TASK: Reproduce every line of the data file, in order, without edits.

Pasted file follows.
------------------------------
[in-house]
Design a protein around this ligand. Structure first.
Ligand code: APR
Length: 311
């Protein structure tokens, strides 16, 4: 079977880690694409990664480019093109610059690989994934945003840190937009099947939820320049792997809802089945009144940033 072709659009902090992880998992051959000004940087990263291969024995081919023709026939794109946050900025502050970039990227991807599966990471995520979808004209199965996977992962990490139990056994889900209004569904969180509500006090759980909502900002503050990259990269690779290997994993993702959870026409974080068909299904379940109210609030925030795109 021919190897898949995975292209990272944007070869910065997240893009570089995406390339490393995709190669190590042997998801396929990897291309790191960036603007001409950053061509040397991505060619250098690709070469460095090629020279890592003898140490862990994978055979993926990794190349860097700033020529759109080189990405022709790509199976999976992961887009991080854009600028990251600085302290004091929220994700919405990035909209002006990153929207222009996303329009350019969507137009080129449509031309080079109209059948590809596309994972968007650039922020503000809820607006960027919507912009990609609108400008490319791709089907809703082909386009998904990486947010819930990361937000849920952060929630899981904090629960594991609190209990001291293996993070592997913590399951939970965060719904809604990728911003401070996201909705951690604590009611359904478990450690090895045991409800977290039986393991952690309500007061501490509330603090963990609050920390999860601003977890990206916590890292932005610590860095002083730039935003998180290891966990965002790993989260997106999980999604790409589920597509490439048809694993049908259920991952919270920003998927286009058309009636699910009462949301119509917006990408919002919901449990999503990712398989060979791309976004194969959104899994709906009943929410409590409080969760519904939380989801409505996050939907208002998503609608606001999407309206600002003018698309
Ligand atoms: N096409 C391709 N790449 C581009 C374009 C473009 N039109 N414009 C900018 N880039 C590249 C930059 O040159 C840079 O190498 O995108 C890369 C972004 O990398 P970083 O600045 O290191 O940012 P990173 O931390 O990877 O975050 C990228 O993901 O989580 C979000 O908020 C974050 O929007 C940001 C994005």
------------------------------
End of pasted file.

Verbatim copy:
[in-house]
Design a protein around this ligand. Structure first.
Ligand code: APR
Length: 311
């Protein structure tokens, strides 16, 4: 079977880690694409990664480019093109610059690989994934945003840190937009099947939820320049792997809802089945009144940033 072709659009902090992880998992051959000004940087990263291969024995081919023709026939794109946050900025502050970039990227991807599966990471995520979808004209199965996977992962990490139990056994889900209004569904969180509500006090759980909502900002503050990259990269690779290997994993993702959870026409974080068909299904379940109210609030925030795109 021919190897898949995975292209990272944007070869910065997240893009570089995406390339490393995709190669190590042997998801396929990897291309790191960036603007001409950053061509040397991505060619250098690709070469460095090629020279890592003898140490862990994978055979993926990794190349860097700033020529759109080189990405022709790509199976999976992961887009991080854009600028990251600085302290004091929220994700919405990035909209002006990153929207222009996303329009350019969507137009080129449509031309080079109209059948590809596309994972968007650039922020503000809820607006960027919507912009990609609108400008490319791709089907809703082909386009998904990486947010819930990361937000849920952060929630899981904090629960594991609190209990001291293996993070592997913590399951939970965060719904809604990728911003401070996201909705951690604590009611359904478990450690090895045991409800977290039986393991952690309500007061501490509330603090963990609050920390999860601003977890990206916590890292932005610590860095002083730039935003998180290891966990965002790993989260997106999980999604790409589920597509490439048809694993049908259920991952919270920003998927286009058309009636699910009462949301119509917006990408919002919901449990999503990712398989060979791309976004194969959104899994709906009943929410409590409080969760519904939380989801409505996050939907208002998503609608606001999407309206600002003018698309
Ligand atoms: N096409 C391709 N790449 C581009 C374009 C473009 N039109 N414009 C900018 N880039 C590249 C930059 O040159 C840079 O190498 O995108 C890369 C972004 O990398 P970083 O600045 O290191 O940012 P990173 O931390 O990877 O975050 C990228 O993901 O989580 C979000 O908020 C974050 O929007 C940001 C994005």